"Urban Paradise" at CTLibrary.com
In the popular imagination, the city often represents society's vices: violence, crime, sexual deviance, drugs. With the heightened visibility of suffering through homelessness, poverty, and racial discrimination, we see the more extreme effects of living in a sinful world. And though certainly not exclusive to the city, these realities are, like everything else in an urban environment, more concentrated. ...
To urban church leaders, led by nationally recognized figures like Ray Bakke in Chicago and Tim Keller in New York City, cities are more than just a present-day Sodom and Gomorrah, quietly awaiting their downfall, or crying out for salvation from the redeemed rural world. Instead, they're concentrated centers of transformation, communities with the opportunity to demonstrate God's grace. They're opportunities for individuals from diverse backgrounds to live, work, and play in near proximity, and in so doing, to participate in the authentic work of the gospel. Cities allow close-knit networks of churches to provide vital resources, for Christians to share the news of God's desire to break down barriers to justice, responsibility, and brotherly love.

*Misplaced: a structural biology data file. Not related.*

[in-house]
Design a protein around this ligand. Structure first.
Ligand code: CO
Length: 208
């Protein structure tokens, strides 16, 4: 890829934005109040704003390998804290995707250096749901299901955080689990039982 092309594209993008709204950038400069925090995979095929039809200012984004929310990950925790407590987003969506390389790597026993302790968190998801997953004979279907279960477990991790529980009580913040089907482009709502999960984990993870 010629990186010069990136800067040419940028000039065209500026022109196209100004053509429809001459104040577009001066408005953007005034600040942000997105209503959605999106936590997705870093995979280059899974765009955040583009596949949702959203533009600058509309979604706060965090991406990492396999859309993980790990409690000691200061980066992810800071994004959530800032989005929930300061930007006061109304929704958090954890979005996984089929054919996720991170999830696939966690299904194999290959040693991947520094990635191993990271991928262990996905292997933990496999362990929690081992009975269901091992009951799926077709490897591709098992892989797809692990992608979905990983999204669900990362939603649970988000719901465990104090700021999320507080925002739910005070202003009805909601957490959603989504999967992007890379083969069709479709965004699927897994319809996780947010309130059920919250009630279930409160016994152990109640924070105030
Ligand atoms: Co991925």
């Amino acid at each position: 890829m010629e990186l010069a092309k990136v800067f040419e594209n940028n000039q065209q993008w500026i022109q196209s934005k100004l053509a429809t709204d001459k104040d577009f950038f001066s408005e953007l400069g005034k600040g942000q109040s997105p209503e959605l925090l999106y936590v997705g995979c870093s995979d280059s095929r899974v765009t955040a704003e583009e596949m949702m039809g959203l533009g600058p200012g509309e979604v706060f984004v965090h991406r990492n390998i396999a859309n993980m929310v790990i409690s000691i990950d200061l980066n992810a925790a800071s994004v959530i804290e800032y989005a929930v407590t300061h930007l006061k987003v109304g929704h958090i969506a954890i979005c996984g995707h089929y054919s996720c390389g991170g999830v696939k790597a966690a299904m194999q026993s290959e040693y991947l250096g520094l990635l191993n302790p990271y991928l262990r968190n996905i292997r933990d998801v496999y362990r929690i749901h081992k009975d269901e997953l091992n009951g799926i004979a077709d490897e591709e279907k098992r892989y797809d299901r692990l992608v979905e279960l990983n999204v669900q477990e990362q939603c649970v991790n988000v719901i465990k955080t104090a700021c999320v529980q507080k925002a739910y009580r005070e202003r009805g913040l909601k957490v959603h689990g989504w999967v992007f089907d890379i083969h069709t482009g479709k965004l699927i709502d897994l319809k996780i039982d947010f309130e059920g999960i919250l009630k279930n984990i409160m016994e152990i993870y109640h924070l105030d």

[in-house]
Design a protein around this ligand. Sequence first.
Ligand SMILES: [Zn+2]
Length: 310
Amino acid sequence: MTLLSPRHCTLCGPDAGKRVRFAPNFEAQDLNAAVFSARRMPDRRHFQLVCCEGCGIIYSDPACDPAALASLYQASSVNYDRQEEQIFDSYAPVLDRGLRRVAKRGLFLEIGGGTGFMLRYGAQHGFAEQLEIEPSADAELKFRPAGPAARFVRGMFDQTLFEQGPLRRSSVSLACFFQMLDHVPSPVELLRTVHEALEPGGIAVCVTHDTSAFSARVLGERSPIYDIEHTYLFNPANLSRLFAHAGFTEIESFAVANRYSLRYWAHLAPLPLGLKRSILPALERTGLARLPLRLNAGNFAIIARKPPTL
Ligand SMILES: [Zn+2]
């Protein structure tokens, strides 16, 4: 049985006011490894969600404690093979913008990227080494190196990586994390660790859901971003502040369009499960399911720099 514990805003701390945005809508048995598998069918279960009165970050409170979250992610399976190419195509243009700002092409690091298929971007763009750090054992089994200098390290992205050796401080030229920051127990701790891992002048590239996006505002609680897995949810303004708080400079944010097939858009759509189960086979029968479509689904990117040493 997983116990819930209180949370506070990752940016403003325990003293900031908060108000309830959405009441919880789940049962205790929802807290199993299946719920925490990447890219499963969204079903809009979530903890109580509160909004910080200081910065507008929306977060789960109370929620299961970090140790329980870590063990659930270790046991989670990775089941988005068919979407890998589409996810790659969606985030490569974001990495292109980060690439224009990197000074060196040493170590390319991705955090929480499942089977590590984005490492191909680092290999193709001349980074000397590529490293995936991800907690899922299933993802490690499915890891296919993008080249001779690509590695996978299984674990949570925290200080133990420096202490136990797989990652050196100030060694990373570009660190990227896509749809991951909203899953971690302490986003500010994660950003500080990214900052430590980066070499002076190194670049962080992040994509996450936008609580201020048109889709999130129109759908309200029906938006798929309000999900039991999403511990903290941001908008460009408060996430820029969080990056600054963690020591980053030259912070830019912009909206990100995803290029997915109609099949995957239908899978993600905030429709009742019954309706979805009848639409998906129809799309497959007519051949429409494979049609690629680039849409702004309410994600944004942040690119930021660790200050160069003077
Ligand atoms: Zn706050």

Also see my B&C online article: Why There Will Be Sidewalks in Heaven
• Related Chapter: 5